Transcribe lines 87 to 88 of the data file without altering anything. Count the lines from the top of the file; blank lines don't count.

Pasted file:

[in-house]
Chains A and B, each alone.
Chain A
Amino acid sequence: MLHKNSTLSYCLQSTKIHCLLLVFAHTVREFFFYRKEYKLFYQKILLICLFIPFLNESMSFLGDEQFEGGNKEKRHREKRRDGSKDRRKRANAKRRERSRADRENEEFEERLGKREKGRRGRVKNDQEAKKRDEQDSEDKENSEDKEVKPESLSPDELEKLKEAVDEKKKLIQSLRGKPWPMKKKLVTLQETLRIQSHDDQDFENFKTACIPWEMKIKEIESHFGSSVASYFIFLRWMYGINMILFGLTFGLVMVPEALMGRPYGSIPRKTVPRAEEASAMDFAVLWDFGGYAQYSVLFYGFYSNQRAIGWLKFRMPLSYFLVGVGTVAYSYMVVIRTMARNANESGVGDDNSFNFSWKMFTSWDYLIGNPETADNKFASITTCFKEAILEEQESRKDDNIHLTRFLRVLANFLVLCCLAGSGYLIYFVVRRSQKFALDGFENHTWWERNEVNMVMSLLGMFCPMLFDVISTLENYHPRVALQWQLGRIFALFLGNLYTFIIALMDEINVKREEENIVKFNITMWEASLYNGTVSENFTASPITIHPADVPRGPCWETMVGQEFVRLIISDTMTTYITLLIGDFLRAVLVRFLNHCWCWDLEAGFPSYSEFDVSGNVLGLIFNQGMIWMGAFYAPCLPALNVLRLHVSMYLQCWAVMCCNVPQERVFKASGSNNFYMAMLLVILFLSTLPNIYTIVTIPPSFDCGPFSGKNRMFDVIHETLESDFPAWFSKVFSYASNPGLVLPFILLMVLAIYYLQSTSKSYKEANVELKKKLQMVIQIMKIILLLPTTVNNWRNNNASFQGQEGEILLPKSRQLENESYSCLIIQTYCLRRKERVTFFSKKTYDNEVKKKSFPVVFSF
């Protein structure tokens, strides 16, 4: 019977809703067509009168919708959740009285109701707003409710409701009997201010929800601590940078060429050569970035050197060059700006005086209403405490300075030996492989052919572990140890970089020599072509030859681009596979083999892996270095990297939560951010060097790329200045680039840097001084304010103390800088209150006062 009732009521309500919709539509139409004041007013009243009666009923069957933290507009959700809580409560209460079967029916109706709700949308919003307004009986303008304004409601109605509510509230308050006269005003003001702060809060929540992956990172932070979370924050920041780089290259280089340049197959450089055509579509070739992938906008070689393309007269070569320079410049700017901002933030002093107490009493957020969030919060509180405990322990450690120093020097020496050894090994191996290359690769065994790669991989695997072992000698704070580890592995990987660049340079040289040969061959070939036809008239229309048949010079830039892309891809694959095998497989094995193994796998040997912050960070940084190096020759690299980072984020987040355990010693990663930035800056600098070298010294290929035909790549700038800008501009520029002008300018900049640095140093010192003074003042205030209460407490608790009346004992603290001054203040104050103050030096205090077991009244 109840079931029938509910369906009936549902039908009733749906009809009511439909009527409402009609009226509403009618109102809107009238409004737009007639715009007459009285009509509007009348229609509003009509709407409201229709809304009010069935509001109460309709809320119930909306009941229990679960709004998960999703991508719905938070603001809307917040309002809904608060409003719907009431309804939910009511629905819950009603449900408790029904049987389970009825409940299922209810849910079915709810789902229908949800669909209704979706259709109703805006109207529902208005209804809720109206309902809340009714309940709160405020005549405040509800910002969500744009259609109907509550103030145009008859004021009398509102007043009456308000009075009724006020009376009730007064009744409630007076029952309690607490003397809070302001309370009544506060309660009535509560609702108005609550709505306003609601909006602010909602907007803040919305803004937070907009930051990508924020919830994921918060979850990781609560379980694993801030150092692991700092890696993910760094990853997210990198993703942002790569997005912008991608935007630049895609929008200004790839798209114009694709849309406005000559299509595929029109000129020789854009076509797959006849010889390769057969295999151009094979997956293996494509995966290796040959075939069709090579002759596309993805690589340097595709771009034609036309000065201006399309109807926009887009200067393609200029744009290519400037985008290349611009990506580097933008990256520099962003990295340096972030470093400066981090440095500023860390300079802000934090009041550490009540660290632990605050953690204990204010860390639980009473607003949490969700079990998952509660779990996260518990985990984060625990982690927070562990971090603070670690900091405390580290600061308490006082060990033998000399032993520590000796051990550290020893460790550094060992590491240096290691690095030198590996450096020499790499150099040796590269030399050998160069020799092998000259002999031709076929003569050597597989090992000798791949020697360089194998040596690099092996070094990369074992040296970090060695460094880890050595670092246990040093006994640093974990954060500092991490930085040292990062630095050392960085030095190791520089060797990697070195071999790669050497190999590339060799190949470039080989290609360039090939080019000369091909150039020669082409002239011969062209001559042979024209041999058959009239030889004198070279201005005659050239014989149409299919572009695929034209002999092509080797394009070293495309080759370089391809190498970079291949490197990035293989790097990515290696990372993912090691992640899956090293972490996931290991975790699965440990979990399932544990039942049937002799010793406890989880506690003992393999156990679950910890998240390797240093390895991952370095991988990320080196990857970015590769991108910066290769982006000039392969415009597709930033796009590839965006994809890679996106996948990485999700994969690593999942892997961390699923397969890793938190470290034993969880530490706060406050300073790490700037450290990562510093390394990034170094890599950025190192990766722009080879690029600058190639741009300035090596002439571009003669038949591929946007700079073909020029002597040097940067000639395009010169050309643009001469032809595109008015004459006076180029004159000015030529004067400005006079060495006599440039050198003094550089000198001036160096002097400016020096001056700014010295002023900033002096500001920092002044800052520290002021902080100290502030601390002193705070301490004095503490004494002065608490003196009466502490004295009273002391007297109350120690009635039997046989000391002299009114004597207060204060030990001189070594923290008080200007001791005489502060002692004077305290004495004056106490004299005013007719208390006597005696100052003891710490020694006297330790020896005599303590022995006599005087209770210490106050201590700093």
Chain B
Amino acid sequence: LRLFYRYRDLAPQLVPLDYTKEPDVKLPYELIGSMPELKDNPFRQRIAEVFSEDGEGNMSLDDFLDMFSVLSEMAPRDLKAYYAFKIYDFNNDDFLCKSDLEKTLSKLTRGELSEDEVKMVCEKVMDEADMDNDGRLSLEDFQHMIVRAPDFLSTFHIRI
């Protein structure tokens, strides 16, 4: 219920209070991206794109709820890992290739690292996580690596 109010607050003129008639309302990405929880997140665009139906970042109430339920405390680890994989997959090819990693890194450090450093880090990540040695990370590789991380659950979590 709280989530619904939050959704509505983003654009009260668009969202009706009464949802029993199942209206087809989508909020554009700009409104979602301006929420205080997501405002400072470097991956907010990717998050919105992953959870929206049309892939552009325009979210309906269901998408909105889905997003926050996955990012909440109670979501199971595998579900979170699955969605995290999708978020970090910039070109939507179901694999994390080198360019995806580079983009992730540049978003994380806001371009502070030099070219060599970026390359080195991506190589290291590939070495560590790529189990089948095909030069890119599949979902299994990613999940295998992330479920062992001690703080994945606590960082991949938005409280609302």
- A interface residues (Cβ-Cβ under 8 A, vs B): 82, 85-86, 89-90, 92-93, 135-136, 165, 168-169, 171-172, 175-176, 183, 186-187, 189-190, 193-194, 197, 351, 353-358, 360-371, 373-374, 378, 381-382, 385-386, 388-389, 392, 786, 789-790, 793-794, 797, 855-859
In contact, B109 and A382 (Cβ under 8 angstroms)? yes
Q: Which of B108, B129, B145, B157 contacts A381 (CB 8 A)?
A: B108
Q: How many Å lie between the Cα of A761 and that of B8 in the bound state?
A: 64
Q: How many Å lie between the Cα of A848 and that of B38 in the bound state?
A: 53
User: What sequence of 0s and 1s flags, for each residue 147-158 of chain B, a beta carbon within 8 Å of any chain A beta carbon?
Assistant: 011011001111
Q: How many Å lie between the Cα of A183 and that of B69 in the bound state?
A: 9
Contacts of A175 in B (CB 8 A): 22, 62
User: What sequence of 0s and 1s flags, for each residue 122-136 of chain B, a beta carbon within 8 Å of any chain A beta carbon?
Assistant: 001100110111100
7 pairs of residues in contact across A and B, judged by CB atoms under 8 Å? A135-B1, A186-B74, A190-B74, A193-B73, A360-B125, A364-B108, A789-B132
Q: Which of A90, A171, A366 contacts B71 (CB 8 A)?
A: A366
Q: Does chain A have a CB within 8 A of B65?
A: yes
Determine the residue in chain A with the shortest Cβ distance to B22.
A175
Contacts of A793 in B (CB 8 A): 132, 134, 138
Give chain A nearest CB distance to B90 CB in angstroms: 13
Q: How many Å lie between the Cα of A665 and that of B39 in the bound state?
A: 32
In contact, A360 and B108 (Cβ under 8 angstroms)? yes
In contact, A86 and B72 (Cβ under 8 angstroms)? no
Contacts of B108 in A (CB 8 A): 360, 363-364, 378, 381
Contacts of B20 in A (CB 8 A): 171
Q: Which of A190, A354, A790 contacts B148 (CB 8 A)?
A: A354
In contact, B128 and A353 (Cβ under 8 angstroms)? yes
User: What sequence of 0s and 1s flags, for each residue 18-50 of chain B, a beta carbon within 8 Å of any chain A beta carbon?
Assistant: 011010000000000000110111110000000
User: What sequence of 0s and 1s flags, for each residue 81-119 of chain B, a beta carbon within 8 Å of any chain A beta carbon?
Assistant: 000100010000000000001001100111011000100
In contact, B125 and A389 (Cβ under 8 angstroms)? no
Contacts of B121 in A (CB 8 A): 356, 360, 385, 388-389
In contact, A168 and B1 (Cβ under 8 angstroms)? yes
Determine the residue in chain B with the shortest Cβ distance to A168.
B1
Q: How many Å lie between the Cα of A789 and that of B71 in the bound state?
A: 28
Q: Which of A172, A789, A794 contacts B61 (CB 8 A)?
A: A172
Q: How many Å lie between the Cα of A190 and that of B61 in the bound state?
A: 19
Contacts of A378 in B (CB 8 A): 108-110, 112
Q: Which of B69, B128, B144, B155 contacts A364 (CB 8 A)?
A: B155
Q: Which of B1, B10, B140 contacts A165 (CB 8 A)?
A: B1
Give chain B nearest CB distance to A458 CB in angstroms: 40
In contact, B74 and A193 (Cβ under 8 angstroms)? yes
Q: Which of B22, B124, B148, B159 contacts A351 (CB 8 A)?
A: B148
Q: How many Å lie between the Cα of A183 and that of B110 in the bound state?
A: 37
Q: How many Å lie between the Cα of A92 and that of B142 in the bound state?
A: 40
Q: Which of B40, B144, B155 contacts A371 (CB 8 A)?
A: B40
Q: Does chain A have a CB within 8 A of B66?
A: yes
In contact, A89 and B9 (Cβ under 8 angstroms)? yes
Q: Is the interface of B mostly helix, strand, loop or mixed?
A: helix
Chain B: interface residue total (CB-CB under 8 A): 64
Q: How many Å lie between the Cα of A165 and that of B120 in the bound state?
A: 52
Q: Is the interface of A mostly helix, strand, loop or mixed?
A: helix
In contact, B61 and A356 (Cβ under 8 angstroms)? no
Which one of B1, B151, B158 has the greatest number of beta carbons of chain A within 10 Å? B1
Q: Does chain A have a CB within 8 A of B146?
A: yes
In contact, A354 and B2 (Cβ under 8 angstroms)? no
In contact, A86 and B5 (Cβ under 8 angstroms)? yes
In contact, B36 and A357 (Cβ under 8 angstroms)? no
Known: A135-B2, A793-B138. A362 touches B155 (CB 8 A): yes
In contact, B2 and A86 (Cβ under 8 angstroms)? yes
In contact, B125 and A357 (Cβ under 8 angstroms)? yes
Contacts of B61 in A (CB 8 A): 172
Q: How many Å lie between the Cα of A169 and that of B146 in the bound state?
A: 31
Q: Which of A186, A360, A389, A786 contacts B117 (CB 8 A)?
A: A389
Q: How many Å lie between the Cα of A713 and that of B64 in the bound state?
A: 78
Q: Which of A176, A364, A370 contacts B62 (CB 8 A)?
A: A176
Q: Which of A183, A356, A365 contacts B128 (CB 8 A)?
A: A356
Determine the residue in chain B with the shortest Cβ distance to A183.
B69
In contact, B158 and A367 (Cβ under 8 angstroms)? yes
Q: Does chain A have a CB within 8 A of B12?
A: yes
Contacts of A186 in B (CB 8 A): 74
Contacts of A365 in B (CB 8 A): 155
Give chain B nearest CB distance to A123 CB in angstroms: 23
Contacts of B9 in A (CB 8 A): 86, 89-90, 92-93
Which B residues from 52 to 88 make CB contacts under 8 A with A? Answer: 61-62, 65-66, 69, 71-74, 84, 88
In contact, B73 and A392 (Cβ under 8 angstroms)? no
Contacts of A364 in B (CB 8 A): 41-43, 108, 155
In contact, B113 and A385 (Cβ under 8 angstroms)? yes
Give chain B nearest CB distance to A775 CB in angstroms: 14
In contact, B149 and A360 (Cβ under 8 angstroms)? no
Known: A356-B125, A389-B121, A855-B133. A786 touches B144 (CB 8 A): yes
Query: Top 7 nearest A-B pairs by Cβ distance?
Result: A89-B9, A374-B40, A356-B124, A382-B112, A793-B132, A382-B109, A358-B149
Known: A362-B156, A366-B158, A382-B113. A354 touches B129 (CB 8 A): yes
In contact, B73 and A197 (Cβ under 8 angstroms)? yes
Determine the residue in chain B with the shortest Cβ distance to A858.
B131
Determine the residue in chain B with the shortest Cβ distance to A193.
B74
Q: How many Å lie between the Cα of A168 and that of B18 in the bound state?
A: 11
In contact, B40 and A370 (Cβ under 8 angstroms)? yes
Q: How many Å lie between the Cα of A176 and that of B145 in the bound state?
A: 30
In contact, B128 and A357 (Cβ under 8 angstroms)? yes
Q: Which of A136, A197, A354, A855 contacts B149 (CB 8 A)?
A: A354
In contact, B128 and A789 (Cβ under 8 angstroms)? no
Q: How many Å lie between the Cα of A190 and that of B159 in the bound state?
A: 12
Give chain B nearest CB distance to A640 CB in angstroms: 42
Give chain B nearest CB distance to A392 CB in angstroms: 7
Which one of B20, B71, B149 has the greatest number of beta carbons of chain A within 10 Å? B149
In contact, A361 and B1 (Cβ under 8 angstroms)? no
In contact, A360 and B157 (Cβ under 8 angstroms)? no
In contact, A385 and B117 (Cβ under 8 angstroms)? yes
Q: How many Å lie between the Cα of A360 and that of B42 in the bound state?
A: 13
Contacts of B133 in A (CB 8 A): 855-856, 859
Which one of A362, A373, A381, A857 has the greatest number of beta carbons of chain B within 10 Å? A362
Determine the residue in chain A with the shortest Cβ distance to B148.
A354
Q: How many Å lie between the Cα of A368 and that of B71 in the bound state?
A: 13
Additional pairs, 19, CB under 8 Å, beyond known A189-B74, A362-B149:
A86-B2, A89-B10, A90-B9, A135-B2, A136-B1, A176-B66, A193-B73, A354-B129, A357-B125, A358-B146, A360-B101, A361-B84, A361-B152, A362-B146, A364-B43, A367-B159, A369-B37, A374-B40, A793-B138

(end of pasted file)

In contact, A86 and B5 (Cβ under 8 angstroms)? yes
In contact, B36 and A357 (Cβ under 8 angstroms)? no